According to researchers from Reset.Tech Australia, Elon Musk's company, X, has deactivated a function that allowed users to report election-related misinformation. Reset.Tech notes that this feature has been removed in recent weeks, except for users in the European Union.
X Cancels Tool for Election-Related False Information
Research from a prominent Australian think tank suggests that Elon Musk's X, previously known as Twitter, has apparently eliminated a feature that allowed users to report election-related misinformation.
This development has raised concerns, particularly in light of an upcoming important referendum in Australia aimed at granting Indigenous people more rights, as well as the 2024 U.S. presidential elections. Australian authorities express alarm at the increasing spread of electoral misinformation.
The tool, initially launched in 2021 in the U.S, Australia, and South Korea, was expanded to three additional countries last year: Brazil, the Philippines, and Spain. It permitted users to flag content as "misleading" within the category of politics.
Reset.Tech Australia expressed serious concern in a letter, describing the removal of this feature as "extremely concerning," especially with Australia's upcoming referendum next month. The group pointed out that there currently seems to be no means to report electoral misinformation on the platform. However, users still retain the option to report posts they deem as hateful, abusive, or spam. The removal of this feature could potentially impact voters' ability to report misinformation in the lead-up to the 2024 U.S. presidential elections as well.
Reset.Tech Australia reports that the feature, previously limited to Spain in Europe, has now been expanded across the entire European Union (EU) with a slightly modified format. EU users can now report a post for "Negative effects on civic disorders or elections." It is worth noting that this feature is not accessible to users in the United Kingdom, and it has never been available there.
X as the Most Active Platform for Disinformation
A recent study by the European Commission indicates that X has the highest proportion of disinformation among the six major social networks. The study analyzed over 6,000 unique social media posts on Facebook, Instagram, LinkedIn, TikTok, X, and YouTube. According to the study, X had the largest "ratio of discoverability" of disinformation, meaning users are more likely to come across false information on this platform. In contrast, YouTube had the lowest discoverability.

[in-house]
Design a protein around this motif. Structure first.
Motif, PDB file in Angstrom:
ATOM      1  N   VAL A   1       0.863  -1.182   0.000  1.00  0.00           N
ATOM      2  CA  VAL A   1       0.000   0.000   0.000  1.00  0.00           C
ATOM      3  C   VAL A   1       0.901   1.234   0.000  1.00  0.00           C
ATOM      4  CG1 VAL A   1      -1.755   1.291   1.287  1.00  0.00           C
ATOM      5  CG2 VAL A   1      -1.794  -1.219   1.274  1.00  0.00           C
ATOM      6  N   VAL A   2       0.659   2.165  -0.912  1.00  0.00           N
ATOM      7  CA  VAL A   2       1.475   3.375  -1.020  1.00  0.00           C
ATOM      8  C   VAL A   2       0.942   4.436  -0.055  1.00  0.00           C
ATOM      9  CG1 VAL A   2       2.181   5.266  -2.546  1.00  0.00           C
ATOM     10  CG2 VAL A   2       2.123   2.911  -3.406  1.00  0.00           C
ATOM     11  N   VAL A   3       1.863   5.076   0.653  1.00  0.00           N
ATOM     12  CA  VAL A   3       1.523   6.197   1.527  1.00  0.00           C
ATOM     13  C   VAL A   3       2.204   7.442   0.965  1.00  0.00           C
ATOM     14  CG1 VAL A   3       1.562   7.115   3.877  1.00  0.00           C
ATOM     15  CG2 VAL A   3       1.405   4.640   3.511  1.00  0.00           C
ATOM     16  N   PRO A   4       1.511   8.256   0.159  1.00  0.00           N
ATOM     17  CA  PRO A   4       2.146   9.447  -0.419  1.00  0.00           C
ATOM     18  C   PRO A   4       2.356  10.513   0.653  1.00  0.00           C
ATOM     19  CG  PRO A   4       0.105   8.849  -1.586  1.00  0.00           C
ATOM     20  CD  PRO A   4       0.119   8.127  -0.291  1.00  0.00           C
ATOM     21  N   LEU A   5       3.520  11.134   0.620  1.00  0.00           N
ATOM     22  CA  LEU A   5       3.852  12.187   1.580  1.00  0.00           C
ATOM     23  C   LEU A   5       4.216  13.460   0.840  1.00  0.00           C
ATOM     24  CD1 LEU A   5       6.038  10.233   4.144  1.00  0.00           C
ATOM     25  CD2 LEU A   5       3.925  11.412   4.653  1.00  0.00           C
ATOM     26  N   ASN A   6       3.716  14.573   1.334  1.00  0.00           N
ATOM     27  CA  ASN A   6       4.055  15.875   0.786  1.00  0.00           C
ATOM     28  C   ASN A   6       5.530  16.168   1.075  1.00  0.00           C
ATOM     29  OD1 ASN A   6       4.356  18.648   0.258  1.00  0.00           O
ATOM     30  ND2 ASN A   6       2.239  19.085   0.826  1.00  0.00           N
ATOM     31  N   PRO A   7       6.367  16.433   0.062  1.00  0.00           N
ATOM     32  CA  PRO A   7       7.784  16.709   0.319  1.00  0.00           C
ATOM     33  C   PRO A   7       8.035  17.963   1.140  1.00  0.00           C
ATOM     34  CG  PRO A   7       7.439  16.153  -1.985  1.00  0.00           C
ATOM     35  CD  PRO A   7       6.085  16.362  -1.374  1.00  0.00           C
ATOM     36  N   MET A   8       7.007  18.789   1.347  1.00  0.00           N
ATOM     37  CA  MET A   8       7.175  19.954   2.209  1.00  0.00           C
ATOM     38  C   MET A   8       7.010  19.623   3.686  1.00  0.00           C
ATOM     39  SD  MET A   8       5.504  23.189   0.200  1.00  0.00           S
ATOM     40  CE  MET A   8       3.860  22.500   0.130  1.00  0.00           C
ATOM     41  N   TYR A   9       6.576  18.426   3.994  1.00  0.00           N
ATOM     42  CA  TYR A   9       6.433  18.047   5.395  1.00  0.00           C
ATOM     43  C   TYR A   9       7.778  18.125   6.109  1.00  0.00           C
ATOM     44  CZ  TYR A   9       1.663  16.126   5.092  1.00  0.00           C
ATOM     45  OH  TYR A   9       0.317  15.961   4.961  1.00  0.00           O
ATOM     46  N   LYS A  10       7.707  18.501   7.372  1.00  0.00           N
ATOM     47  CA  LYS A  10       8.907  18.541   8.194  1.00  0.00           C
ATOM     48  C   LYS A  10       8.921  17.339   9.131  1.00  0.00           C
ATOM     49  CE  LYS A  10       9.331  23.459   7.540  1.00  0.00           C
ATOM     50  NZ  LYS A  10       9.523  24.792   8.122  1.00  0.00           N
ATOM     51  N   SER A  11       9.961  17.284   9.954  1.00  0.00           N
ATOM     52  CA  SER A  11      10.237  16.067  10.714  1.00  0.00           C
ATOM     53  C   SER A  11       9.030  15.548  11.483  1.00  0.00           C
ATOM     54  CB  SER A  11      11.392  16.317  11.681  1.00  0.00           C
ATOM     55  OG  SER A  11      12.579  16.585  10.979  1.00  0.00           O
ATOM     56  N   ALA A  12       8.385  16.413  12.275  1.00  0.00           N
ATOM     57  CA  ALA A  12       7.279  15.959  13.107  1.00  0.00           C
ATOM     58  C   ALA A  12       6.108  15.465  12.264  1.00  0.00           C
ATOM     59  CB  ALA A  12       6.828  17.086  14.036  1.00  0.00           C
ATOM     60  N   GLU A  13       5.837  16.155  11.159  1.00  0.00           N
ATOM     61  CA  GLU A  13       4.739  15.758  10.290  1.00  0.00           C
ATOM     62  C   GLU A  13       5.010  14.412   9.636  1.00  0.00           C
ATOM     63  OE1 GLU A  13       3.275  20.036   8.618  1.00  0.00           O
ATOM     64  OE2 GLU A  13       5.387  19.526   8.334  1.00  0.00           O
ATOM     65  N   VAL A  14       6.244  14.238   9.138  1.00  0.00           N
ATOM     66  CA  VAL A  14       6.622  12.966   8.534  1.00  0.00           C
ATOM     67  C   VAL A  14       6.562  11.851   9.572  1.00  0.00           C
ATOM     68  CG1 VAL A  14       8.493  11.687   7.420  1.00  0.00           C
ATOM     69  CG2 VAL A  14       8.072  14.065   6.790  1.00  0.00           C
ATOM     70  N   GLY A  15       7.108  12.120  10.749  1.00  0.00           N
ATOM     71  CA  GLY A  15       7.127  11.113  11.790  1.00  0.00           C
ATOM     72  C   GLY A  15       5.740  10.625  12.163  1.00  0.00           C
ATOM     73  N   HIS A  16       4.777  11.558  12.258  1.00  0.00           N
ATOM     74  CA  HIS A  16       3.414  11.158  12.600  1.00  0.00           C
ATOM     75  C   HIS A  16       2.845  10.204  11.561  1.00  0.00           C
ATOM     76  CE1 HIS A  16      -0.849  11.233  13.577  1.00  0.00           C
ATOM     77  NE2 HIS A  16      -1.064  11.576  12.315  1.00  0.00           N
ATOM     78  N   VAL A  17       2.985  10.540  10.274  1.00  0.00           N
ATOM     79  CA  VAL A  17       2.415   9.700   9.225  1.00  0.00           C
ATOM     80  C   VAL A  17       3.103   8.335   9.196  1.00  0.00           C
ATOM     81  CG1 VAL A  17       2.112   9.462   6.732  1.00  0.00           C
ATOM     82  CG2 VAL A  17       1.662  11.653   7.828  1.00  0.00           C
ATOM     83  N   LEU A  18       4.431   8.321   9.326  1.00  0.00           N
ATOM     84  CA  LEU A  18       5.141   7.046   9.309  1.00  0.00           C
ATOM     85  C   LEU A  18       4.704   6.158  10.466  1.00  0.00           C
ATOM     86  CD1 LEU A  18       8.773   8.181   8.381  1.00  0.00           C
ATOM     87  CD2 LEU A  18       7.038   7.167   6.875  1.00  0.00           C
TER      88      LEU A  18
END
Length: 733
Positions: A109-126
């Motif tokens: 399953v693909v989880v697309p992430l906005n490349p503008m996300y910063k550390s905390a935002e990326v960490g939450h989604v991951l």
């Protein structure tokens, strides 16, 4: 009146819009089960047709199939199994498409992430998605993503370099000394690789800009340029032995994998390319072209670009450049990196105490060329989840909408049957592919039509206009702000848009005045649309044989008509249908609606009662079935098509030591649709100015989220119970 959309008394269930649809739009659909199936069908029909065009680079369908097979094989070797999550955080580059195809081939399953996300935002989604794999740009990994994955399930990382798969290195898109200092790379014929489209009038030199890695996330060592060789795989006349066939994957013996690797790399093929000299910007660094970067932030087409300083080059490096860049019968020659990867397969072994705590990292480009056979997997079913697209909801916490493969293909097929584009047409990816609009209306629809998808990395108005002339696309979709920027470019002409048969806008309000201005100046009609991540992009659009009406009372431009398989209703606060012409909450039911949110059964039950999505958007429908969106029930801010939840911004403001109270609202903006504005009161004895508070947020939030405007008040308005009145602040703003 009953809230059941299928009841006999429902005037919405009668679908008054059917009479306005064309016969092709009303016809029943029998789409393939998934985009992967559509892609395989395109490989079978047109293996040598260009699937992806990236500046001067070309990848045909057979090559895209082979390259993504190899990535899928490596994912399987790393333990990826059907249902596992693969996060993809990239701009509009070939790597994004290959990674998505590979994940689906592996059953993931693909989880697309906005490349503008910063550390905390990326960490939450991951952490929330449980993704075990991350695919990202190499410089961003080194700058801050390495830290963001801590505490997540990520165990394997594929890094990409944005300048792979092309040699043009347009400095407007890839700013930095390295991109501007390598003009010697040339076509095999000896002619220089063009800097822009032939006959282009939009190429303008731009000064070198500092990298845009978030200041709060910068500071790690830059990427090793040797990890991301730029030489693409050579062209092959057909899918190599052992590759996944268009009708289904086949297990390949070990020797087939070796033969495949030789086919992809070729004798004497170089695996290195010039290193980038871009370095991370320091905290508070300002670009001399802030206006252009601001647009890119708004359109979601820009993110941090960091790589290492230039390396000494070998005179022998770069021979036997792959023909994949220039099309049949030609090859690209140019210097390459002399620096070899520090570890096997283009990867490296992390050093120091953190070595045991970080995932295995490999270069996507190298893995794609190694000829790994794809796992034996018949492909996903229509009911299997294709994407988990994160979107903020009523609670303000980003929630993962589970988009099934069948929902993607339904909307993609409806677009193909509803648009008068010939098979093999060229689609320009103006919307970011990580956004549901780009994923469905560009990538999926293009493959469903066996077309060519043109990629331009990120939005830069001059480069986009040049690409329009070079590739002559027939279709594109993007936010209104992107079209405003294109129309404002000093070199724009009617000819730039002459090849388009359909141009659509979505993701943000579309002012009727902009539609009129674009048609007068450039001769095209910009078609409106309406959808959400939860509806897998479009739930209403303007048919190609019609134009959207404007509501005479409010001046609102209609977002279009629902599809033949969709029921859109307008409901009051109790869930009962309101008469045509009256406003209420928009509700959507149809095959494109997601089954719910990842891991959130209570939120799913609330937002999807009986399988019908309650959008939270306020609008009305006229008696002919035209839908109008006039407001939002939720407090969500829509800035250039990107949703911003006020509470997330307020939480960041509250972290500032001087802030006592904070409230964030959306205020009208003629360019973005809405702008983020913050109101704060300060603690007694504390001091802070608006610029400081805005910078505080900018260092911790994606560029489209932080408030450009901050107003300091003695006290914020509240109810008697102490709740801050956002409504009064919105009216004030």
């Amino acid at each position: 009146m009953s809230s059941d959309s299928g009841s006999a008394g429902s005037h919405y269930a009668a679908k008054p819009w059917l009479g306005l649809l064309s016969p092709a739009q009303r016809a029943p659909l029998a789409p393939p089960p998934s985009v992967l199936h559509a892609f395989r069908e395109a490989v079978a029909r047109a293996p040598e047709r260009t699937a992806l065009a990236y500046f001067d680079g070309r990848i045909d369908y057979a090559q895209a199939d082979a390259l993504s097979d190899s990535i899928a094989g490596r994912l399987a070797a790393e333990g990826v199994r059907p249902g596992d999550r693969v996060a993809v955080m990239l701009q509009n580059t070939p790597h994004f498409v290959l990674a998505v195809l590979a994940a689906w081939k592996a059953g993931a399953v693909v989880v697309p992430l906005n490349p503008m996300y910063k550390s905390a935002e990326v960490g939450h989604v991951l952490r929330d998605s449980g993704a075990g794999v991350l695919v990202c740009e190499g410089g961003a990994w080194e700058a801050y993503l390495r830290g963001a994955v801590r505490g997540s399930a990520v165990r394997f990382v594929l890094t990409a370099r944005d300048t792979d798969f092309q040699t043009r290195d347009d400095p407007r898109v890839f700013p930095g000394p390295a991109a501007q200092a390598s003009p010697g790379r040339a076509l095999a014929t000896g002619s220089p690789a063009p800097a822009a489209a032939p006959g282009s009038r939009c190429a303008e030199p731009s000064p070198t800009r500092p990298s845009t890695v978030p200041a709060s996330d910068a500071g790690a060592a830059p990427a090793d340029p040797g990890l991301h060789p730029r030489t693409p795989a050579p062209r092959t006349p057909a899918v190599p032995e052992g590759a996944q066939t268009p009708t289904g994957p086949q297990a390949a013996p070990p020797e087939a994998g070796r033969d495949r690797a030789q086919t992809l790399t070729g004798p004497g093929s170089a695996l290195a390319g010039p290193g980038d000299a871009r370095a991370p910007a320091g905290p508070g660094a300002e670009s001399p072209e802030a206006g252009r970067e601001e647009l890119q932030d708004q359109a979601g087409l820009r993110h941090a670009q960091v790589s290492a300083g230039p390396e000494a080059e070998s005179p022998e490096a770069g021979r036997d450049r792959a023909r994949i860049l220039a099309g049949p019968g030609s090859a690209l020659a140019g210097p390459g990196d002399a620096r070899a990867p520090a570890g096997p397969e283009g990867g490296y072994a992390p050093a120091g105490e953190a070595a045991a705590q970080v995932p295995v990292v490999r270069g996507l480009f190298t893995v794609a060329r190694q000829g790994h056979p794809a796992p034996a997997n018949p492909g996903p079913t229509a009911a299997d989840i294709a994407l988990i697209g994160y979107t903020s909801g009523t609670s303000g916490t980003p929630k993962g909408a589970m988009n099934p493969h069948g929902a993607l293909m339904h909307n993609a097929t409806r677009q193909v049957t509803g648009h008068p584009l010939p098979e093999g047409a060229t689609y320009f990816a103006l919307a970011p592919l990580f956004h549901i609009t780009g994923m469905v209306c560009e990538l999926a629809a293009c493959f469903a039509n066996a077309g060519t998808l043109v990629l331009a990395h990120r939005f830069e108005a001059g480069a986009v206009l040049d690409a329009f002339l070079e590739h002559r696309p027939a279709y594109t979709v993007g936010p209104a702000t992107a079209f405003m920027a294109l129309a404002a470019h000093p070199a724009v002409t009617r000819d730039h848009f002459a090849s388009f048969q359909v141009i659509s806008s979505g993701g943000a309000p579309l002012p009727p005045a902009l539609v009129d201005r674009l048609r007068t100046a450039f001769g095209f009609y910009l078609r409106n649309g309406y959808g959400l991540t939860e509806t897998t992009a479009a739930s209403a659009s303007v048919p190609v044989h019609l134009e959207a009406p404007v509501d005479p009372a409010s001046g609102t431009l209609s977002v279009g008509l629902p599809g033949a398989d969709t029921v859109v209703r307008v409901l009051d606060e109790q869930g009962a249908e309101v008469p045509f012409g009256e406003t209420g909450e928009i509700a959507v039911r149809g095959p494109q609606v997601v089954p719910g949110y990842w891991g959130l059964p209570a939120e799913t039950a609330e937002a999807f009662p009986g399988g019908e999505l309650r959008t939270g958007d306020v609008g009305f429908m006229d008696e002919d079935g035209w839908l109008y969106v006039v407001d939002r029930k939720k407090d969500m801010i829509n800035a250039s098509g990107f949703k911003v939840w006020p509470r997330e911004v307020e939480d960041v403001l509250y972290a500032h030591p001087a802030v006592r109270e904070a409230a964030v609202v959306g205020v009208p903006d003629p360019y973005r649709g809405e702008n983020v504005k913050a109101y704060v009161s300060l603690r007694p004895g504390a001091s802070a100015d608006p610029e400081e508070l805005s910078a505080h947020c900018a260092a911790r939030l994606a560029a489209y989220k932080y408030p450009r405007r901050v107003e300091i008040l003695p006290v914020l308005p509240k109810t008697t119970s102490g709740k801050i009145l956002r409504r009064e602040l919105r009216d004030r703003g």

Following the study, the EU's Values and Transparency Commissioner, Vera Jourova, warned X to comply with the hard law, referring to the Digital Services Act (DSA) in the EU, designed to protect users and prevent election interference. Since Elon Musk took over X, previously known as Twitter, in late 2022, the company has faced accusations of allowing an increase in hate speech and misinformation. Musk, however, denied these claims in a BBC interview. He argued that the platform's "Community Notes" feature, enabling users to comment on posts to highlight false or misleading content, serves as a better method for fact-checking.
X Platform Ranks Lowest in Combating Climate Misinformation
The "Climate of Misinformation" report by CAAD (Climate Action Against Disinformation) investigated the content moderation policies and efforts of Meta, Pinterest, YouTube, TikTok, and X with the aim of combating climate denialism and false information.
When assessing their policies, X received only one point out of a possible 21 on the scorecard. This placed X at the bottom among the five major tech platforms analyzed in the report.
Australia Holds Historic Indigenous Voice Referendum in October
Australia is gearing up for a momentous referendum on October 14, focusing on the establishment of an Indigenous Voice to Parliament. If this referendum gets the green light, it will formally acknowledge the Aboriginal and Torres Strait Islander communities within the country's constitution and institute a permanent consultative body for them concerning legislative matters. The prerequisites for success include securing a majority "yes" vote from the Australian populace and achieving majority support in a minimum of four out of the country's six states.
The specific structure, responsibilities, and authorities of this proposed body will be determined by the parliament. The concept of an Indigenous Voice originated from the 2017 Uluru Statement from the Heart, a historic document drafted by over 250 Indigenous leaders. This proposal is viewed as a pivotal stride towards reconciliation, especially in a nation that has yet to establish a treaty with its Indigenous communities. Nonetheless, it has sparked debate and contrasting viewpoints, with opponents expressing concerns about the lack of detailed plans and the potential for racial divisions. Conversely, proponents advocate for its significance in addressing the persistent disparities faced by Indigenous Australians.
Australia's history of referendums has been relatively unproductive, with only eight out of 44 proposals gaining approval and none succeeding without bipartisan support.